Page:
"And I have to tell you that the mayor of Beijing, the Friendship Association, and all of the people in Beijing rolled out the red carpet for us," she said.

"We are very keen on our relationship, the wonderful relationship with the city of Beijing," she said.

Xie Yuan, vice-president of the Chinese People's Association for Friendship with Foreign Countries, described the cooperation between his organization and SCI in the past three decades as a "perfect couple".

The two organizations have joined hands in holding two China-US sister cities conferences in the last two years. A third one will be held in November in Nanchang, in East China's Jiangxi province.

Xie noted the expanding relationship at the sub-national levels, such as with organizations like the National Governors Association and State Legislative Leaders Foundation.

US states and provinces have forged stronger bonds with China, with China being a top trade partner and export destination for US states. More US governors and mayors embark on trade missions to China to expand trade and investment ties.

An updated report this year by the Rhodium Group and the National Committee on US-China Relations showed that Chinese investment in the US grew to a record of more than $15 billion in 2015. The investments extend across more than 80 percent of congressional districts.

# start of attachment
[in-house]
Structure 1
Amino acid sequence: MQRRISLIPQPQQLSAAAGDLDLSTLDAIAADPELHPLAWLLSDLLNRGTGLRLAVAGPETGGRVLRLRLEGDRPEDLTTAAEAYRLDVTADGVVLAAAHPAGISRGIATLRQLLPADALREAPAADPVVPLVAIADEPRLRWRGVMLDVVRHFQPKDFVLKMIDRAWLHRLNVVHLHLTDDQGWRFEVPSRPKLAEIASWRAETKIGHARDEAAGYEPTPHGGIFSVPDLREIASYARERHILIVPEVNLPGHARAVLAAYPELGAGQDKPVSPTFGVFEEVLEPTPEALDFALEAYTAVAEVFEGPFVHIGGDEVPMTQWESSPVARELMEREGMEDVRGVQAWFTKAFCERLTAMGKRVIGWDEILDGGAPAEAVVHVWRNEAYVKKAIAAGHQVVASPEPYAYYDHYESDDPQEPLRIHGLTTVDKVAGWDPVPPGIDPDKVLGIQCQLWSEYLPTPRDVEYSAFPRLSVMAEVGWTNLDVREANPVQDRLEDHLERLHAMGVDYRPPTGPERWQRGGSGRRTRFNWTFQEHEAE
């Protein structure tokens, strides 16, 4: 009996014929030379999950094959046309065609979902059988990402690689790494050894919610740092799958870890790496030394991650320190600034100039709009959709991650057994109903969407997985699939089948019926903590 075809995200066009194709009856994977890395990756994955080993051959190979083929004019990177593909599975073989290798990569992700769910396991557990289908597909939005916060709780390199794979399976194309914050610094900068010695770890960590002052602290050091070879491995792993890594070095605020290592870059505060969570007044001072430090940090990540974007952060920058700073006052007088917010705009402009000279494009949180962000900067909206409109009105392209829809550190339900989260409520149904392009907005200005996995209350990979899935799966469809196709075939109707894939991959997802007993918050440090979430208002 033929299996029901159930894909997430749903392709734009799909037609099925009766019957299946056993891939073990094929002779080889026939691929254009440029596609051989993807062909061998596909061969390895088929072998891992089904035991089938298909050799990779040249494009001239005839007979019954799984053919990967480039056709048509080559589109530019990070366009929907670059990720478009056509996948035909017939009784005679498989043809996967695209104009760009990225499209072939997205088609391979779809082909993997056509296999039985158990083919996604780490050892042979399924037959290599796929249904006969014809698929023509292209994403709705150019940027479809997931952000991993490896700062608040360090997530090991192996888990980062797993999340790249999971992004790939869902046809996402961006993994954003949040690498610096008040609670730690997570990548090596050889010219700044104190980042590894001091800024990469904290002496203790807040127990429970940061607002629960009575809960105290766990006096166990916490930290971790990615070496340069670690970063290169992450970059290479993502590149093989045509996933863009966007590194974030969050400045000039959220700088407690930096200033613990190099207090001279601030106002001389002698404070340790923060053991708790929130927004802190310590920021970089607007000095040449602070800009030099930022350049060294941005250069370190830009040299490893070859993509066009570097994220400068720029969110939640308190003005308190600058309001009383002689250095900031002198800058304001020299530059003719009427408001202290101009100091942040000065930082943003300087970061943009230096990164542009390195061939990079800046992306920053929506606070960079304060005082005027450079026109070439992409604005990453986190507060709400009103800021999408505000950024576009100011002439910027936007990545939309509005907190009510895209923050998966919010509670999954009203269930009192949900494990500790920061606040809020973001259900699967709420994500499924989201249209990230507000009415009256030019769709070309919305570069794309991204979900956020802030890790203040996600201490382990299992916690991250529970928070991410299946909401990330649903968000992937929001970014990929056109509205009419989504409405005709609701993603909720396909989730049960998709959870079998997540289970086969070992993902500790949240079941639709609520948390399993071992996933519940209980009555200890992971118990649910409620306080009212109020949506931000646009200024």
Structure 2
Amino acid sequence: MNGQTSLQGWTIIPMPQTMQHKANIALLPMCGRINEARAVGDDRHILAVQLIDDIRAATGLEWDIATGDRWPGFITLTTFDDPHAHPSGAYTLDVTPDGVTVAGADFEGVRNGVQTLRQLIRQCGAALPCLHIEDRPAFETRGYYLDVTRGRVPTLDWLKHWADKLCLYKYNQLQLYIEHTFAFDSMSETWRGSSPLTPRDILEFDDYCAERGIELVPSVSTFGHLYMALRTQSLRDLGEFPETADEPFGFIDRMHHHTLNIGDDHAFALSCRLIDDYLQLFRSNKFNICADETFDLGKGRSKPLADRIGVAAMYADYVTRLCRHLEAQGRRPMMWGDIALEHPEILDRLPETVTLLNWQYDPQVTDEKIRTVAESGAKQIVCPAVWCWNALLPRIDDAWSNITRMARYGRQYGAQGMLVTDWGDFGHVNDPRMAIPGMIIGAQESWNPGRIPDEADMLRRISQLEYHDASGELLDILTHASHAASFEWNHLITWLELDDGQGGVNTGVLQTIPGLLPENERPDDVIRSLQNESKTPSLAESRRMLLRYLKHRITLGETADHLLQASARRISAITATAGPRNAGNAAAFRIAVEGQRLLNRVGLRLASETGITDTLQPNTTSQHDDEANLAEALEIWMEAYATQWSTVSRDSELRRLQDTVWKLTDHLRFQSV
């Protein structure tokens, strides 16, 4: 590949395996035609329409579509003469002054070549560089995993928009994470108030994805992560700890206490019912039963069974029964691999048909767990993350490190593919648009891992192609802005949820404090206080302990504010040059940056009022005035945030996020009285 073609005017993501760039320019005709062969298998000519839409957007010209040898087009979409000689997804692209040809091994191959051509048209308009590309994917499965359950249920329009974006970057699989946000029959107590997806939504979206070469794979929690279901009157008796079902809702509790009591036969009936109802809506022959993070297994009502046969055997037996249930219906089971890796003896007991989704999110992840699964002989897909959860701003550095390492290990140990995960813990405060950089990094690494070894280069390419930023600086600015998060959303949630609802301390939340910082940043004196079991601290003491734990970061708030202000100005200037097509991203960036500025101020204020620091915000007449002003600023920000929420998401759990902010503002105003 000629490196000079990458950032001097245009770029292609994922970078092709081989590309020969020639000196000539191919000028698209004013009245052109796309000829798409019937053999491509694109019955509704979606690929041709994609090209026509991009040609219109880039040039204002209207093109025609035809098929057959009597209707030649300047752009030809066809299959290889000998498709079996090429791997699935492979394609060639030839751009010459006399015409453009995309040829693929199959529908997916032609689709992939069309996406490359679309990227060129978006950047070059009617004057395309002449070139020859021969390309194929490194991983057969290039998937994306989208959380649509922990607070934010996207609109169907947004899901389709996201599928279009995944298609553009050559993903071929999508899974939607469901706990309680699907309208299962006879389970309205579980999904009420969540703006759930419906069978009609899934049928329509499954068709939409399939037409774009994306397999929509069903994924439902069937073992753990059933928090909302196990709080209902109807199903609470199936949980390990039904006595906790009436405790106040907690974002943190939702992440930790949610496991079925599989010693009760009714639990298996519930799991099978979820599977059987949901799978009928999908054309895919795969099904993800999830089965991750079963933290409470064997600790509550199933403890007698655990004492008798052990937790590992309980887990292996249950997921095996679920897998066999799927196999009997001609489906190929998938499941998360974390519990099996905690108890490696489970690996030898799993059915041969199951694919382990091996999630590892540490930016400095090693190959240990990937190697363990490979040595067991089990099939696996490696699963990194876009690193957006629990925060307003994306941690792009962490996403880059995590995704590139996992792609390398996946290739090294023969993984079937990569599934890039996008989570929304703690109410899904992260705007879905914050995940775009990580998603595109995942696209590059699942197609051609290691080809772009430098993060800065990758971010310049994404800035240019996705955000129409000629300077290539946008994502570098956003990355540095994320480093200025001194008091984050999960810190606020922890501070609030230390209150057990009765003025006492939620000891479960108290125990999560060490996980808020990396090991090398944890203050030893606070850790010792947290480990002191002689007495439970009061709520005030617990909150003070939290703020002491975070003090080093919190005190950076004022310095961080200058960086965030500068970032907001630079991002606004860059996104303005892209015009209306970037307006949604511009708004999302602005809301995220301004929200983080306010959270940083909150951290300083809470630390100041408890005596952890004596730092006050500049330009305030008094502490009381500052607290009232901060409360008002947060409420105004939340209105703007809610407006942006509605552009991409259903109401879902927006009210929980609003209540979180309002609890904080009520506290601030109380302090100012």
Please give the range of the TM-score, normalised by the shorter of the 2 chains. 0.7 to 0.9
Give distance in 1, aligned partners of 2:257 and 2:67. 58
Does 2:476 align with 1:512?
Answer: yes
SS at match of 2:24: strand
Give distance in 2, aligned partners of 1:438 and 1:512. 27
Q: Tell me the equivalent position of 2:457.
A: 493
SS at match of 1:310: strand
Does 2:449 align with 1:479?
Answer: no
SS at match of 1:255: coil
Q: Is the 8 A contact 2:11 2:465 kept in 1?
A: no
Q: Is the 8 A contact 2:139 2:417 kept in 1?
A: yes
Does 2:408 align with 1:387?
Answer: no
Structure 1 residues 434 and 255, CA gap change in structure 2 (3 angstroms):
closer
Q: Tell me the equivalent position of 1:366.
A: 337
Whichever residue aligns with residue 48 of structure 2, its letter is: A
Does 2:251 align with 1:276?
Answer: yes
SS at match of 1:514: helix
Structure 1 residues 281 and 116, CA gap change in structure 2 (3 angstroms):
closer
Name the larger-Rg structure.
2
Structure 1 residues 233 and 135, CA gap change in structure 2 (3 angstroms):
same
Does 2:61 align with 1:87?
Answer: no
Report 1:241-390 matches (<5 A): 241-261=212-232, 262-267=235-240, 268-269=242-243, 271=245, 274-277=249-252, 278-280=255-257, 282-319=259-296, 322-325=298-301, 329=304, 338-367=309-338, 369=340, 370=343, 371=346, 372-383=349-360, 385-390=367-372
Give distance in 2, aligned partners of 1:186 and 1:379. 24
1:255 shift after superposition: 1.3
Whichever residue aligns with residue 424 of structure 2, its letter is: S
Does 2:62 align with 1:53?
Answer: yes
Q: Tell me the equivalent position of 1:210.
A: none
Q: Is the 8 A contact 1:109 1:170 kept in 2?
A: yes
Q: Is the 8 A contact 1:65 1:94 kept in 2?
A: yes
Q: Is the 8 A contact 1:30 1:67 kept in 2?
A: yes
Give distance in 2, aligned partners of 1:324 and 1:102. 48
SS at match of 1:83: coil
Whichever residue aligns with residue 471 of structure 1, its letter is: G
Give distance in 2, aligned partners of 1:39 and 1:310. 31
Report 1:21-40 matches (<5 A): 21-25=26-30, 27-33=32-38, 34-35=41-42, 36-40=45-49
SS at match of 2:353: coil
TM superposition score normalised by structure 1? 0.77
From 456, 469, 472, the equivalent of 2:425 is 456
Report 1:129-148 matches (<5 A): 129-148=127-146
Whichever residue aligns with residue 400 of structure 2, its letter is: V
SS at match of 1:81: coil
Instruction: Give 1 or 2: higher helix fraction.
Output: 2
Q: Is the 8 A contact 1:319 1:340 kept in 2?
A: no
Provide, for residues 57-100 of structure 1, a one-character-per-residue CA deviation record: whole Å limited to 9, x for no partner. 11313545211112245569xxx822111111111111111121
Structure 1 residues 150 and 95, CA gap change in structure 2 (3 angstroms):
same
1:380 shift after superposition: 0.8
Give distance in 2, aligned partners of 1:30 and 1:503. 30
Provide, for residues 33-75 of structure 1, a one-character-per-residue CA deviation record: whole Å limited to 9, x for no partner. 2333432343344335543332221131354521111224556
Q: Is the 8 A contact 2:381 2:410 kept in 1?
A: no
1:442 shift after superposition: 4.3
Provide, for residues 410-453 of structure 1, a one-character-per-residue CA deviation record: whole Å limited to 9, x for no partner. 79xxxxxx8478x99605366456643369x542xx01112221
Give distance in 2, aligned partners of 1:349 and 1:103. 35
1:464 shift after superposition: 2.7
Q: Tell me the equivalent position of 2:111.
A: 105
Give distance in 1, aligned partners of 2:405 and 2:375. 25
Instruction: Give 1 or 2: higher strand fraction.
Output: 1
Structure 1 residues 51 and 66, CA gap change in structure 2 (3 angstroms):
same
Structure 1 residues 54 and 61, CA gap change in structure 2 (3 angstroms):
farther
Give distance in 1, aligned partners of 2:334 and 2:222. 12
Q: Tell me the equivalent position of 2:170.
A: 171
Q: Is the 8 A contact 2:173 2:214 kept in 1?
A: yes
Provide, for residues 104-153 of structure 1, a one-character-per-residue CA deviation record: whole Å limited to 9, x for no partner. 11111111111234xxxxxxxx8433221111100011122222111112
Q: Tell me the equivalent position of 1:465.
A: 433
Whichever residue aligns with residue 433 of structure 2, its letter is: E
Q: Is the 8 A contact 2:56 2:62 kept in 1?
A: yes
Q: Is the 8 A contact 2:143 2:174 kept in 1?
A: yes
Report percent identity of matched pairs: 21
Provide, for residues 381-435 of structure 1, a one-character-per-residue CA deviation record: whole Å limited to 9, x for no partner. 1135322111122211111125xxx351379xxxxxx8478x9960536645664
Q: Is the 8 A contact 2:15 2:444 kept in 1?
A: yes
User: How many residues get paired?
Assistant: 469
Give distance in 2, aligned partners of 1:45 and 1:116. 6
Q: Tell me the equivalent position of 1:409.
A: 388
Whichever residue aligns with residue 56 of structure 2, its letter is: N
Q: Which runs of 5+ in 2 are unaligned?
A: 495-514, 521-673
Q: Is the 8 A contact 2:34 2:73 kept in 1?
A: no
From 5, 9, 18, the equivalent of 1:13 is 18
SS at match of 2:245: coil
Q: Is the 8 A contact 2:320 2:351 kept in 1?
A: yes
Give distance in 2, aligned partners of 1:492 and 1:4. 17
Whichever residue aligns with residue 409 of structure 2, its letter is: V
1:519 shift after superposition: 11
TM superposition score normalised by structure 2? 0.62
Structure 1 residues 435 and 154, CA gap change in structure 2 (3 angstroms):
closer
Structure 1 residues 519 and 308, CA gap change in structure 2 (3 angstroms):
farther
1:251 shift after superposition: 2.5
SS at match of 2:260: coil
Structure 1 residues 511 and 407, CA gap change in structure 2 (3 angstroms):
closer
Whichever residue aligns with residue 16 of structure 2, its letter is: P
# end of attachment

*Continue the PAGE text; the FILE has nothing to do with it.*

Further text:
About 300,000 Chinese students are studying in colleges and universities across the US, accounting for almost a third of all the international students on US college campuses.

Since November 2014, when the two countries announced visa-extension programs, the number of Chinese tourists to the US has soared. About 2.67 million Chinese visited the US in 2015, compared with fewer than 400,000 in 2007. That number is expected to jump to 5 million by 2025, according to Goldman Sachs.

Karen Richardson, US deputy assistant secretary of state for public outreach, praised the partnership between SCI and the Friendship Association for forging a new relationship that promises to build peace and understanding between the two peoples.

"We at the State Department hope that this effort will continue and encourage US and Chinese cities to come together and build on the long legacy of citizen diplomacy and peace-building of the sister-city tradition," she said.

The US sister-city program started in 1956, when then-president Dwight Eisenhower proposed a people-to-people, citizen diplomacy initiative. Originally a program of the National League of Cities, SCI became a separate non-profit entity in 1967 due to the rapid expansion of the program.

Minister Li of the Chinese embassy congratulated SCI on its 60th anniversary, and he said, that according to the Chinese lunar calendar, 60 years represents a full cycle of time, or Samsara in Buddhism.

"We hope to see more sister cities set up between China and US, as well as other countries and the US. More substantial activities and cooperation can come out among sister cities," he said.